We want to focus not on anecdotal things, like, some people ate a secret mushroom and became younger by some prediction or a testimonial. Rejuvenation Research aims to publish novel, high-impact phenomena and mechanisms that are directly or indirectly related to the aging process and approaches for attenuating, reversing and possibly even preventing age-related diseases. This scope sets us apart from other so-called specialized journals.
That is a good segue to our impact factor discussion. The best high-impact articles are generalizable. What people discover in those papers can then be repeated throughout the world in different experimental systems and broadly improves health when applied translationally.
That could be said about induced pluripotent stem cell technologies or CRISPR technologies or in the way exposure to a young systemic environment rejuvenates aged progenitor cells, which we published back in 2005. When other research groups do the same or similar studies, they not only repeat the discovery but build on it, which opens new horizons.
That’s what I call the high impact of the manuscript. My goal for Rejuvenation Research is that we publish such manuscripts. High-impact manuscripts speak for themselves, regardless of the journal where they are published.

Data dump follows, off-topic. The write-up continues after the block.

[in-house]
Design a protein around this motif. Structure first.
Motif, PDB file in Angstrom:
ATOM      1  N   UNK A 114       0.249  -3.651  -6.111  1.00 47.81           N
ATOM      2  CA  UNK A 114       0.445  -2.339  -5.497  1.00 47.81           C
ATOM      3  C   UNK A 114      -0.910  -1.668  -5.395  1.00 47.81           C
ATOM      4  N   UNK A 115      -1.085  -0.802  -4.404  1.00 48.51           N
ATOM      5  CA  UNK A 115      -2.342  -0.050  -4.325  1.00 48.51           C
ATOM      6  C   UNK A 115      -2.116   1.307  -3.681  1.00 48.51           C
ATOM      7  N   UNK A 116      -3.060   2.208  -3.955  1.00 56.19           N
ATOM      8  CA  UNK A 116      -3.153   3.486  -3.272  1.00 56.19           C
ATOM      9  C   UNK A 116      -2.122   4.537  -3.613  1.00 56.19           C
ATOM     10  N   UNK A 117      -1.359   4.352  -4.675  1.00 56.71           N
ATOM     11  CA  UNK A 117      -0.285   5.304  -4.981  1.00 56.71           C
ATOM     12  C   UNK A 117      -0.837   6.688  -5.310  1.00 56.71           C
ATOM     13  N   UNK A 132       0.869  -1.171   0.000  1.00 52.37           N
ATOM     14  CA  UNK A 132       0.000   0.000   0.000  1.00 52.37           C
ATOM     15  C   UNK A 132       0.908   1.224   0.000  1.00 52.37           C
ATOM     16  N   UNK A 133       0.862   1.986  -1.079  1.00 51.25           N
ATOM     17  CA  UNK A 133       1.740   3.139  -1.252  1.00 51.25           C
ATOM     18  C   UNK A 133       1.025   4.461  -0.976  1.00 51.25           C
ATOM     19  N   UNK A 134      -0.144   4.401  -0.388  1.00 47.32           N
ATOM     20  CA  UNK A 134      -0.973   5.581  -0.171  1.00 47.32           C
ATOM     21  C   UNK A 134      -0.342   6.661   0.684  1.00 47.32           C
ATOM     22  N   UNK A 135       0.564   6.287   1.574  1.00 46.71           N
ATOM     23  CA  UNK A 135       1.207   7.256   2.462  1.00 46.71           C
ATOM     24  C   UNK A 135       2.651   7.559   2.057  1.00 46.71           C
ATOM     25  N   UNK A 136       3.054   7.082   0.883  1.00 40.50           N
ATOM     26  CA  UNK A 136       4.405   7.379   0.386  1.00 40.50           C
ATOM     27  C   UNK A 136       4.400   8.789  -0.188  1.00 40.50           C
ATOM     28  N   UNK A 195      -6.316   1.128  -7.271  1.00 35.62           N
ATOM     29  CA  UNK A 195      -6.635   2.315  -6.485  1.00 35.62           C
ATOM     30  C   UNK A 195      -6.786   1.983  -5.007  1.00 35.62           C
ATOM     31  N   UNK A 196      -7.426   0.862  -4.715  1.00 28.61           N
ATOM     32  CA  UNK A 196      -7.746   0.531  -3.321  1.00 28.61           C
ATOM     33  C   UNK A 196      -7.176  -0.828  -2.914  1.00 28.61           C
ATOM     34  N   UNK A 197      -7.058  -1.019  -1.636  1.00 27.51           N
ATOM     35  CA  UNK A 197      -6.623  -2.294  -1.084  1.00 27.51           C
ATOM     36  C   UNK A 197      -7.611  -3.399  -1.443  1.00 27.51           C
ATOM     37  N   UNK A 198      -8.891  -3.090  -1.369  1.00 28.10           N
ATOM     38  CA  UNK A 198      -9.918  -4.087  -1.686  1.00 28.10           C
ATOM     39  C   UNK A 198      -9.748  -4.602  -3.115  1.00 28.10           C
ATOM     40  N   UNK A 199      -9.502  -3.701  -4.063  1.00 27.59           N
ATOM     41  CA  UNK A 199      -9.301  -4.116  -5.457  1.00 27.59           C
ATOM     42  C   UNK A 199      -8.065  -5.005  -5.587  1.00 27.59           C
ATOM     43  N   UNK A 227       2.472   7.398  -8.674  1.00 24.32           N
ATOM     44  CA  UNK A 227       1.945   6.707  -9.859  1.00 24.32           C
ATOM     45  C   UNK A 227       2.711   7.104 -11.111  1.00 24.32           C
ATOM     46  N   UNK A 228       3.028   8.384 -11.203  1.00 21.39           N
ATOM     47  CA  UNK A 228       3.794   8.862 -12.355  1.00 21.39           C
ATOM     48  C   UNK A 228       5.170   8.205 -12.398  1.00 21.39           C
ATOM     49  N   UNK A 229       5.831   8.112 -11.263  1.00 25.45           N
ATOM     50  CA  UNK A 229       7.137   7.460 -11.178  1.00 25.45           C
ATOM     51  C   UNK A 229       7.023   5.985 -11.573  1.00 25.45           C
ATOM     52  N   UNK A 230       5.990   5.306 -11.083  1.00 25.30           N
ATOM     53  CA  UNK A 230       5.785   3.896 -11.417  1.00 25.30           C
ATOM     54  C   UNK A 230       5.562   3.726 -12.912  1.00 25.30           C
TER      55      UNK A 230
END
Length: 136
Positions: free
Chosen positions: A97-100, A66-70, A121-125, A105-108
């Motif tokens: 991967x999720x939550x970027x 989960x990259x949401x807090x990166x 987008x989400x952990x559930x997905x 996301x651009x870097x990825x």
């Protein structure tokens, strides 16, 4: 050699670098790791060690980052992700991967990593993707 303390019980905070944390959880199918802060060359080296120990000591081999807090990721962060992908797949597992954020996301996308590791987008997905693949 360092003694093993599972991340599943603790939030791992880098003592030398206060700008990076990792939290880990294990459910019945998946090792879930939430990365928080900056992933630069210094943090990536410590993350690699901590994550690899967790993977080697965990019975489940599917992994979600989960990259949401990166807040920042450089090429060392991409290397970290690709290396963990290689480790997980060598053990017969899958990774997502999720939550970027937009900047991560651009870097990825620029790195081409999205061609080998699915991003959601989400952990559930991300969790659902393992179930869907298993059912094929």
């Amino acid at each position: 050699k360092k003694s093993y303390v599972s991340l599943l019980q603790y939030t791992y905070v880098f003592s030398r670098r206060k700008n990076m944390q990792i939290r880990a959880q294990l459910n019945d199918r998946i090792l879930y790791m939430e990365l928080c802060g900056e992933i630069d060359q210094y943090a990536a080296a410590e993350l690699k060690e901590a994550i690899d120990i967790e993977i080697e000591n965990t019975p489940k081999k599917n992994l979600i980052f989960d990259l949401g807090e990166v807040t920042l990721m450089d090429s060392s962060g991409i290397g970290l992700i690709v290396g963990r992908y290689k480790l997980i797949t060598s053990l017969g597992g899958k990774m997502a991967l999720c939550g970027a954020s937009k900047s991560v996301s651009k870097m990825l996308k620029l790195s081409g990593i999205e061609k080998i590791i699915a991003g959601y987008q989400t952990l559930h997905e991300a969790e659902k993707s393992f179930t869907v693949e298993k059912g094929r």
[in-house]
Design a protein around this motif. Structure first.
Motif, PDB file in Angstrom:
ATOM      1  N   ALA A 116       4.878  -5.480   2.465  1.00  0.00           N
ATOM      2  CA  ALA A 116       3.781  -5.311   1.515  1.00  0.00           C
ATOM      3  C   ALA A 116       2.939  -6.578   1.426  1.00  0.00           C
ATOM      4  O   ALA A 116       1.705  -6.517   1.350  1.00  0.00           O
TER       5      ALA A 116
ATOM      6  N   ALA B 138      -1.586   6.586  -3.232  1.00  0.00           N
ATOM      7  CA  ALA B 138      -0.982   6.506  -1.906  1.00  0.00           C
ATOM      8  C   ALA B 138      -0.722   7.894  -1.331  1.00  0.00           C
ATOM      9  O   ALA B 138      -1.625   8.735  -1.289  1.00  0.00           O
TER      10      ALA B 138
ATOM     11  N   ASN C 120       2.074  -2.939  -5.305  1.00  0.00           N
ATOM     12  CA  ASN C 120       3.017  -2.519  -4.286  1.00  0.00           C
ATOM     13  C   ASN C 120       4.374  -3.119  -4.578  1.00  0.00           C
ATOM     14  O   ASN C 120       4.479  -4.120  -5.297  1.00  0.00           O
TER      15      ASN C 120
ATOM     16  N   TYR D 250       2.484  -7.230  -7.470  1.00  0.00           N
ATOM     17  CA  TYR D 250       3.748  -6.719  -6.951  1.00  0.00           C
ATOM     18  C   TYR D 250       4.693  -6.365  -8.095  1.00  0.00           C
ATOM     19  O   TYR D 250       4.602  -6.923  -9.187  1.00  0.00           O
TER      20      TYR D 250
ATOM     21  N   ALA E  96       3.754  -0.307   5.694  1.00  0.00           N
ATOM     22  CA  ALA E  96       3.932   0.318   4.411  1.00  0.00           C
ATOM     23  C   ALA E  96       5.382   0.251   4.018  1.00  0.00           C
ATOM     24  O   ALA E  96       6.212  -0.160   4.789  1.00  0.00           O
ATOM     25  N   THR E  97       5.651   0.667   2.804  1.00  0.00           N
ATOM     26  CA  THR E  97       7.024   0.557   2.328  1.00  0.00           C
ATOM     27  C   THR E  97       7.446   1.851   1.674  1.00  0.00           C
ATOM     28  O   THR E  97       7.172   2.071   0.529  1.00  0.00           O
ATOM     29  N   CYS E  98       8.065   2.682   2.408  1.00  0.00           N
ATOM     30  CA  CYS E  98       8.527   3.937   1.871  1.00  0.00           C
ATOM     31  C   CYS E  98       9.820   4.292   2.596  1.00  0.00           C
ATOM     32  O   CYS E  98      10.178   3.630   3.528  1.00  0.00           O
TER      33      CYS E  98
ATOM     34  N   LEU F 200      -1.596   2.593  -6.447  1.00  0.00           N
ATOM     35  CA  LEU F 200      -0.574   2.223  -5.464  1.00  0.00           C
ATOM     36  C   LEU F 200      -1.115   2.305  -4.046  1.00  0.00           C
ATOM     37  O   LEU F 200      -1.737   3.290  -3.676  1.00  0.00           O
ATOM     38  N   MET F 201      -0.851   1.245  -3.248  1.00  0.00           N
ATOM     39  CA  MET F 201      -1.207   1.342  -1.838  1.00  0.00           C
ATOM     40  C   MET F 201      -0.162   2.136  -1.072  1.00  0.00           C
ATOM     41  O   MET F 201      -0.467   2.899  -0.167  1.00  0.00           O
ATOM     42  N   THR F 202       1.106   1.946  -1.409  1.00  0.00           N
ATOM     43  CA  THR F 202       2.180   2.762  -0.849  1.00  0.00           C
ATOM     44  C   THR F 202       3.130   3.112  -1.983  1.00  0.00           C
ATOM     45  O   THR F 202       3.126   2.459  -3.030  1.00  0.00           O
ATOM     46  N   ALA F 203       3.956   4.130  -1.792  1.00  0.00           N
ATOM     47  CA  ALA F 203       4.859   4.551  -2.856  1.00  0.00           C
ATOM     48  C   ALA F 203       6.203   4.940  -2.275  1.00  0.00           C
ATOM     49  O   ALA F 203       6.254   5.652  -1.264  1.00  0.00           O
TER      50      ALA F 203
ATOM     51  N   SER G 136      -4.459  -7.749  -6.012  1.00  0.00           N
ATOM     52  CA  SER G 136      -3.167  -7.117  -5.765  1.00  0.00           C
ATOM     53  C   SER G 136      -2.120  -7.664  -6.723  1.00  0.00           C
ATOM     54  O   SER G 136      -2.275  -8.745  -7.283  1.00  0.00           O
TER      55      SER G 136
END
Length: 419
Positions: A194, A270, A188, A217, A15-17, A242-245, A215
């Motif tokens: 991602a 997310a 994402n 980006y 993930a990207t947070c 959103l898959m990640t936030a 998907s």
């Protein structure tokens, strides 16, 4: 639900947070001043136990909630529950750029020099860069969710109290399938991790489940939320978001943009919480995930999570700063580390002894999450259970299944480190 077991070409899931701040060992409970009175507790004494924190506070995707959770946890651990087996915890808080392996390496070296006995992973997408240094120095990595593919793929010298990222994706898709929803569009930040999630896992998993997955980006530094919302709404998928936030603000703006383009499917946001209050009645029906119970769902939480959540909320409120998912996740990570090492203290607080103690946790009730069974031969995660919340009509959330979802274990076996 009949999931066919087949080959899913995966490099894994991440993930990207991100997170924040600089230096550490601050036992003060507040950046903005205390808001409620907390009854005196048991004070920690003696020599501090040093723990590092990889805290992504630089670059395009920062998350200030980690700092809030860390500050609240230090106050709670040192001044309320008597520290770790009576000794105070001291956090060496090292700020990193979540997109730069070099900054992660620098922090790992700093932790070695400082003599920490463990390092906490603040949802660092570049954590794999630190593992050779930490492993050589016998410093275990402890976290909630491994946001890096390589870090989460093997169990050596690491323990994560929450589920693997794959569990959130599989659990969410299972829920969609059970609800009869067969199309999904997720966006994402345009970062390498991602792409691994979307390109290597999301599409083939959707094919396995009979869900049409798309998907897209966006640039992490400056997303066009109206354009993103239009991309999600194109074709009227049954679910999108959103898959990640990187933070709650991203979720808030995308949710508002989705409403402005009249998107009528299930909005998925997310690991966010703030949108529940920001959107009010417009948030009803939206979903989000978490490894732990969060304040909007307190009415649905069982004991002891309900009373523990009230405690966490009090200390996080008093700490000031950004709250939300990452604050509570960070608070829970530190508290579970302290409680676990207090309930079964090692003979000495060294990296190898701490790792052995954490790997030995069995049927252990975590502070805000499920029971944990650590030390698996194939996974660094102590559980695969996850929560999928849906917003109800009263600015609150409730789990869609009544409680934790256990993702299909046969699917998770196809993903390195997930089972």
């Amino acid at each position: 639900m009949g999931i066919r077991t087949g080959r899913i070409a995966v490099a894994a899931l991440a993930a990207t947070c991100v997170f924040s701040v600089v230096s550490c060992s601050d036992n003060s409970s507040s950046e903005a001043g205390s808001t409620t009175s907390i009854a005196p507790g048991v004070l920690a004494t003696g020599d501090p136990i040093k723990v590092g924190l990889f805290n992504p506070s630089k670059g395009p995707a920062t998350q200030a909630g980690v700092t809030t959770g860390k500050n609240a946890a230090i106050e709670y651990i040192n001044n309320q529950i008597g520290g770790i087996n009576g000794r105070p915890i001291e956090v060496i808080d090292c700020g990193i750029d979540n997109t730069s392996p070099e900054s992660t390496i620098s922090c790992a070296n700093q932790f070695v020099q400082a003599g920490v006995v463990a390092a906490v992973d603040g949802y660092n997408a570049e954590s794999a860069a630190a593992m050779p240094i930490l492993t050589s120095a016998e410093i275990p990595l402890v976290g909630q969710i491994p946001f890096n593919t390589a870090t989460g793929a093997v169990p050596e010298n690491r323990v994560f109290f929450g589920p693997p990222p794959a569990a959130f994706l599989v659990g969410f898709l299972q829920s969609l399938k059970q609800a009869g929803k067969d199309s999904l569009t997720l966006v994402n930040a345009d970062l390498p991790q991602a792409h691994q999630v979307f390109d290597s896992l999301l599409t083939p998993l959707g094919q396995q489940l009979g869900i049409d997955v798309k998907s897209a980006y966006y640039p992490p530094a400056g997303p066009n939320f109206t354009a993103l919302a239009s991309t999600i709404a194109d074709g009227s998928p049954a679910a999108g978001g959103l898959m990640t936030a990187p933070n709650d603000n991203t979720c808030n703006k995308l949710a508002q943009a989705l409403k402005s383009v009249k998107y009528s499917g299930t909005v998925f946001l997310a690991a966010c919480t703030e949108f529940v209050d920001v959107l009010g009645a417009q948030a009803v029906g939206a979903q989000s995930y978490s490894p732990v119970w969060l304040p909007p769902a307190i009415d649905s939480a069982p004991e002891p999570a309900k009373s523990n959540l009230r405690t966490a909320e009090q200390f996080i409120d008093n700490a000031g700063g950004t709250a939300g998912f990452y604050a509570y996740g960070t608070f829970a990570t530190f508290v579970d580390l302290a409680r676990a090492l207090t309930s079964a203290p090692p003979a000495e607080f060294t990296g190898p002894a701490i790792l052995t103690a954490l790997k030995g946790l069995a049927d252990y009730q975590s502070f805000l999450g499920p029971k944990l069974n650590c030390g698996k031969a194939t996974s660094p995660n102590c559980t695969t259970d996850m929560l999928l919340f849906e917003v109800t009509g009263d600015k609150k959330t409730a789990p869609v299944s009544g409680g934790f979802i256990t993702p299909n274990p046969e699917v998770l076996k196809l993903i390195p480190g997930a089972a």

Exactly, and of course, journals are not without their problems. So, let’s talk about the elephant in the room, journal impact factor.
For those unfamiliar with this, journal impact factor (JIF), which was launched about 40 years ago and has shaped academic behavior ever since. Impact factor is used to gauge the relative importance of a journal and to also measure the frequency with which the “average article” in a journal has been cited. However, impact is not without its controversy and issues, as you will see.
Firstly, alongside research and literature reviews, which is typically citable content, journals often also publish things like letters to the editor, editorials, news, and other kinds of similar content. These types of articles tend to increase journal citation due to some scholars choosing to cite them. This then inflates the impact factor score.
Do you agree that academic bloat from non-research articles is a problem? And if so, what are the kinds of ways that we can try to minimize this issue in the journal?
Yes, absolutely. The perceived impact factor reflects mainly one parameter: citation number that is assigned to the publications of the journal, and it can be artificially inflated. A way to inflate it is the one that you mentioned, which is to publish bits and pieces of information that you know will be cited often.